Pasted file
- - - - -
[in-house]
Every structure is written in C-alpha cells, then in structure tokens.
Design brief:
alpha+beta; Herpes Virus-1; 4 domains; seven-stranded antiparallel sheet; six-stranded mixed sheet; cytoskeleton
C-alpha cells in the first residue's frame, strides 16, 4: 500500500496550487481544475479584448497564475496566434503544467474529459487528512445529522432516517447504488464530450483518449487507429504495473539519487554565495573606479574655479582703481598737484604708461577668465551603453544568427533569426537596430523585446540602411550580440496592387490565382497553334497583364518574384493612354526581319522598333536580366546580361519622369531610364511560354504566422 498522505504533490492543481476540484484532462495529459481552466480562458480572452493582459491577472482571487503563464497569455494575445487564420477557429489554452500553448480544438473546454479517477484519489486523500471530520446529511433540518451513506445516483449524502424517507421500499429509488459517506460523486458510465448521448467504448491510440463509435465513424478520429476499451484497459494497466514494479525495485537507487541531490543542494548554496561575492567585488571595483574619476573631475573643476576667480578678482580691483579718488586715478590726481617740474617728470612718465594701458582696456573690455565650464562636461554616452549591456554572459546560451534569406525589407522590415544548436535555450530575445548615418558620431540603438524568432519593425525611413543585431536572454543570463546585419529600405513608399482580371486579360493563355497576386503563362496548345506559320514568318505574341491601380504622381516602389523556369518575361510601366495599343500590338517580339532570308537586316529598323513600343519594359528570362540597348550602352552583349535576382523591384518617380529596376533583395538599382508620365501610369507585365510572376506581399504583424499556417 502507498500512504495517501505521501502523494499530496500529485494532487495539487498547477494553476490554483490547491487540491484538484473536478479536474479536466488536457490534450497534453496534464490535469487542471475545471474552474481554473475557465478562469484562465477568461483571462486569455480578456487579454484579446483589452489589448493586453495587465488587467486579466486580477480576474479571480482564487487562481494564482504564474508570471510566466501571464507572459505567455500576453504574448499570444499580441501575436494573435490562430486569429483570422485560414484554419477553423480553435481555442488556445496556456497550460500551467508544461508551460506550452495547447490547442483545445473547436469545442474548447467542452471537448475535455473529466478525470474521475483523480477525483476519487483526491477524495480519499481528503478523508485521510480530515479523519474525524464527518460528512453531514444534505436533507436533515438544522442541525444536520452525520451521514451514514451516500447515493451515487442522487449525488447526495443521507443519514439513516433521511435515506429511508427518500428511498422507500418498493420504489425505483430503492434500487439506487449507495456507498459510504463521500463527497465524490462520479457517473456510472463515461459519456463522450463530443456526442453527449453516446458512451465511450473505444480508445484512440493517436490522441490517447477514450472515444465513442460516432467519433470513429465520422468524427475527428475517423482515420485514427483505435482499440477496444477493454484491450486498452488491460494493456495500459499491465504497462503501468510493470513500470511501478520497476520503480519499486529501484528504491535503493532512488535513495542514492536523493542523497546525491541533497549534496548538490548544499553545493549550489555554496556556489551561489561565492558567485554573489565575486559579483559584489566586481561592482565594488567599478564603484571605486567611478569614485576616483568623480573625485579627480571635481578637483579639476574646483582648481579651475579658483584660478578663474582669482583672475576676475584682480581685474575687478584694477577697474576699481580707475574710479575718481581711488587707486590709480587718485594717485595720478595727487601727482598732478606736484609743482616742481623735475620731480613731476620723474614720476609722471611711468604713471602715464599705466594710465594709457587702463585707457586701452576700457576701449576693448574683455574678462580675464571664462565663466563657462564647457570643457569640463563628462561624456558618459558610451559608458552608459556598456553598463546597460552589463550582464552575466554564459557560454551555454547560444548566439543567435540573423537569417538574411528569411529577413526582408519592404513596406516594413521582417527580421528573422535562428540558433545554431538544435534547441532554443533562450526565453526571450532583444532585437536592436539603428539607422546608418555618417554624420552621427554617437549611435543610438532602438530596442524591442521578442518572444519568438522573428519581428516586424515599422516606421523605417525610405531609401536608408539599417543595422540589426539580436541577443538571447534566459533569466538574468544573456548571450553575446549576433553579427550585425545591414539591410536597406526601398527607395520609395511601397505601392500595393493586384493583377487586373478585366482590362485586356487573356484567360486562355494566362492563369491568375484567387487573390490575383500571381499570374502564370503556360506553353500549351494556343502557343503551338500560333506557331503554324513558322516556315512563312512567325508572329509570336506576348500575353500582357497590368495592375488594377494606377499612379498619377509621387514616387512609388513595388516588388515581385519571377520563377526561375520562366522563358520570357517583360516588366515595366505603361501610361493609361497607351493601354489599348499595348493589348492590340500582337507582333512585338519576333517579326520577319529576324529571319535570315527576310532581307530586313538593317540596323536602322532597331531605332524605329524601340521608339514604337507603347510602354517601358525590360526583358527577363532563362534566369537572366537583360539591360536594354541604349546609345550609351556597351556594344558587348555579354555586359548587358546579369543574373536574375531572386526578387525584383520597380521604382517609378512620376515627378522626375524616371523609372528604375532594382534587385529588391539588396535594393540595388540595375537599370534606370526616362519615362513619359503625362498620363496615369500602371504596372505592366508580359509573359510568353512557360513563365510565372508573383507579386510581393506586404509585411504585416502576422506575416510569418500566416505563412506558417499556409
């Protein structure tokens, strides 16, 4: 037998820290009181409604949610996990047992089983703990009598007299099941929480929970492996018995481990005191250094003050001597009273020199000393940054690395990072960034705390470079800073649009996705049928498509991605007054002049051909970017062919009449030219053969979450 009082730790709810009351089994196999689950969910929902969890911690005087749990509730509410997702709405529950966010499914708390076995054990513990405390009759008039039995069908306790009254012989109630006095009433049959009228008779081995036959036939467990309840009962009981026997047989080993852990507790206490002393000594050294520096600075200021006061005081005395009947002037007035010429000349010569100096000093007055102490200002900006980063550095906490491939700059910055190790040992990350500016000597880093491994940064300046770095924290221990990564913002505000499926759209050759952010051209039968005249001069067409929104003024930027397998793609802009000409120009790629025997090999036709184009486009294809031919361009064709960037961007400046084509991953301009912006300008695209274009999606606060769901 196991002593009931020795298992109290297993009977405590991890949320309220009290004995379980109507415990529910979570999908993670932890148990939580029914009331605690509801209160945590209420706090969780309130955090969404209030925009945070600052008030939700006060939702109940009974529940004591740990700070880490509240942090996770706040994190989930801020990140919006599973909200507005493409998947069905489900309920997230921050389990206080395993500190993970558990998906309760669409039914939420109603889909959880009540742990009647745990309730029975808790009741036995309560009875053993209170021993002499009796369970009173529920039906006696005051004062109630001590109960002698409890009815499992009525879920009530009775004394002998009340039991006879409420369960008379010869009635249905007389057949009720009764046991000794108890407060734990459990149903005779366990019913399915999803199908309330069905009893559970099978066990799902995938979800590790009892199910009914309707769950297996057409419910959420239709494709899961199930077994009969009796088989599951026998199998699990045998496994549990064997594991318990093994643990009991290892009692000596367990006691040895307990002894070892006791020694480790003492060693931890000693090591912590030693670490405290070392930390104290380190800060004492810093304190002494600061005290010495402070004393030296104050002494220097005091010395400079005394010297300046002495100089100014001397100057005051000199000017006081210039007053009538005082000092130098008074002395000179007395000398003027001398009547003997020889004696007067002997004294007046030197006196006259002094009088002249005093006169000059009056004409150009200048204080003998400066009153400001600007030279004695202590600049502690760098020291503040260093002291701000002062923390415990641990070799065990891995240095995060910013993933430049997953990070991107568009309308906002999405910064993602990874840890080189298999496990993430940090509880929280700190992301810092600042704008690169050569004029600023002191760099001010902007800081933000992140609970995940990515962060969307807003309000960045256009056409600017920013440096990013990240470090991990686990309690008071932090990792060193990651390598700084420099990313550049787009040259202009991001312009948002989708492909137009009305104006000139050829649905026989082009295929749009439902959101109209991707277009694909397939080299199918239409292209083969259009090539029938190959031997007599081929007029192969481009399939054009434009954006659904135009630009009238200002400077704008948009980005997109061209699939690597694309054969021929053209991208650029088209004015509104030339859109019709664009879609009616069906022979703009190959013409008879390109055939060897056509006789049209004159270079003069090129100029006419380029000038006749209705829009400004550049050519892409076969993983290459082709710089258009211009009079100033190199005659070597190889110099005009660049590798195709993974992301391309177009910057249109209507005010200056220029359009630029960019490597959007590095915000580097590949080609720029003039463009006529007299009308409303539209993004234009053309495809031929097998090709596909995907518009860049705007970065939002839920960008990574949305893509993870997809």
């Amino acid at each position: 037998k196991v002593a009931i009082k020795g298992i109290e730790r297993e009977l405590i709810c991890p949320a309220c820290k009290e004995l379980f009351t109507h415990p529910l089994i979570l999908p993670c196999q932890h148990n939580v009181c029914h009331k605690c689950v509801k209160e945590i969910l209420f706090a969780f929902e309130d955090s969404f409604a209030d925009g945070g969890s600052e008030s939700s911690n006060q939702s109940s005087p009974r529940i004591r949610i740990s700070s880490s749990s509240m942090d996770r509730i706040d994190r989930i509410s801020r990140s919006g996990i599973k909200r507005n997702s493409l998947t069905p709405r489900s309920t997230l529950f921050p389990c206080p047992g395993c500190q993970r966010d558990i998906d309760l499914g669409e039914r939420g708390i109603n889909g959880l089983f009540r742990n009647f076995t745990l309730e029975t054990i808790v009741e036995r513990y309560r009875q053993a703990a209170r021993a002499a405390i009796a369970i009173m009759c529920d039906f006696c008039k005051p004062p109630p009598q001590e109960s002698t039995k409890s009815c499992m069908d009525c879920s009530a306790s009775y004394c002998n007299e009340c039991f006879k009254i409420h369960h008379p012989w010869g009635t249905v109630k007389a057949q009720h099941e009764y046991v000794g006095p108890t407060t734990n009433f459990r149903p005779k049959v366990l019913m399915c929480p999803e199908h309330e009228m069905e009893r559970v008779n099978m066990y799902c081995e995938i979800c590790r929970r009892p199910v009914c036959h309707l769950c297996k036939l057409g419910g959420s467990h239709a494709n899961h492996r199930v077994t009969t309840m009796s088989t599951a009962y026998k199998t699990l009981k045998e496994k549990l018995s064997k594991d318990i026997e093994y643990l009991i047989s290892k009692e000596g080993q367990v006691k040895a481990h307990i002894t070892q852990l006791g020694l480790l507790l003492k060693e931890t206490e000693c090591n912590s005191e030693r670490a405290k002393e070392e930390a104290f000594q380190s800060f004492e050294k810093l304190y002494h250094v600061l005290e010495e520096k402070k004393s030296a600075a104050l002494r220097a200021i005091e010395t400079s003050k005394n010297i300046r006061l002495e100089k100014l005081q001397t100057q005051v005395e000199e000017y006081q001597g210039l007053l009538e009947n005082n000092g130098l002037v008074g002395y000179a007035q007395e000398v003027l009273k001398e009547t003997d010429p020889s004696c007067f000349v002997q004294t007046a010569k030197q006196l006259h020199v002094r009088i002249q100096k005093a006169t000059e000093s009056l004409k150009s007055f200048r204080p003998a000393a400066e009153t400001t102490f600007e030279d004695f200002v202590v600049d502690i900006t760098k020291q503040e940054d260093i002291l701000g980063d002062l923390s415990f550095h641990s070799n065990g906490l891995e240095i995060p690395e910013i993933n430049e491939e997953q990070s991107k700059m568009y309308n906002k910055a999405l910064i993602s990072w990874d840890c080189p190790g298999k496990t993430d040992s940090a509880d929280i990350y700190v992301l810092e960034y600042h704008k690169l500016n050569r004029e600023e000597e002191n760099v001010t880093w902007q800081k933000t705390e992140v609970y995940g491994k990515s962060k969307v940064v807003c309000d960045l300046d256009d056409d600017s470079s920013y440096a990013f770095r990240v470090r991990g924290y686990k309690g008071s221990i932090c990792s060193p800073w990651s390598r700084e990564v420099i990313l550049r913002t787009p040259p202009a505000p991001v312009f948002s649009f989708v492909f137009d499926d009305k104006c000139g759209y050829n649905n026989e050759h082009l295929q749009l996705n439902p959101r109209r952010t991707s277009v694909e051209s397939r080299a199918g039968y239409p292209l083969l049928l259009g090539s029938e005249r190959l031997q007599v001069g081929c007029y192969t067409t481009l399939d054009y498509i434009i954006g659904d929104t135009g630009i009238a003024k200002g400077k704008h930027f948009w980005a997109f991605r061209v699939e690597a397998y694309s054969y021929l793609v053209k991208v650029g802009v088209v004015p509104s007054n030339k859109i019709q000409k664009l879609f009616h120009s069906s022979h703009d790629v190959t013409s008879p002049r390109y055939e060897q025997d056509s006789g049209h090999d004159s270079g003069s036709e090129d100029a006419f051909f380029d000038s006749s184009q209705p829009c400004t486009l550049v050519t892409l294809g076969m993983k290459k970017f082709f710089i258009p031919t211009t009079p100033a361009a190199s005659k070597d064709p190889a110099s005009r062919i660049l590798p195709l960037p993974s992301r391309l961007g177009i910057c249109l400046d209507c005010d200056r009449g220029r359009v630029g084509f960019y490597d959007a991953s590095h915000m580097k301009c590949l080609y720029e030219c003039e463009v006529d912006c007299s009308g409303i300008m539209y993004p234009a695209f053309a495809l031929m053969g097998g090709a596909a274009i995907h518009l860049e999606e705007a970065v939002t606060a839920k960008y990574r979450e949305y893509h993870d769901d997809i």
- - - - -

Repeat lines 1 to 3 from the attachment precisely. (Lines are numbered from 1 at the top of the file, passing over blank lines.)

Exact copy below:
[in-house]
Every structure is written in C-alpha cells, then in structure tokens.
Design brief: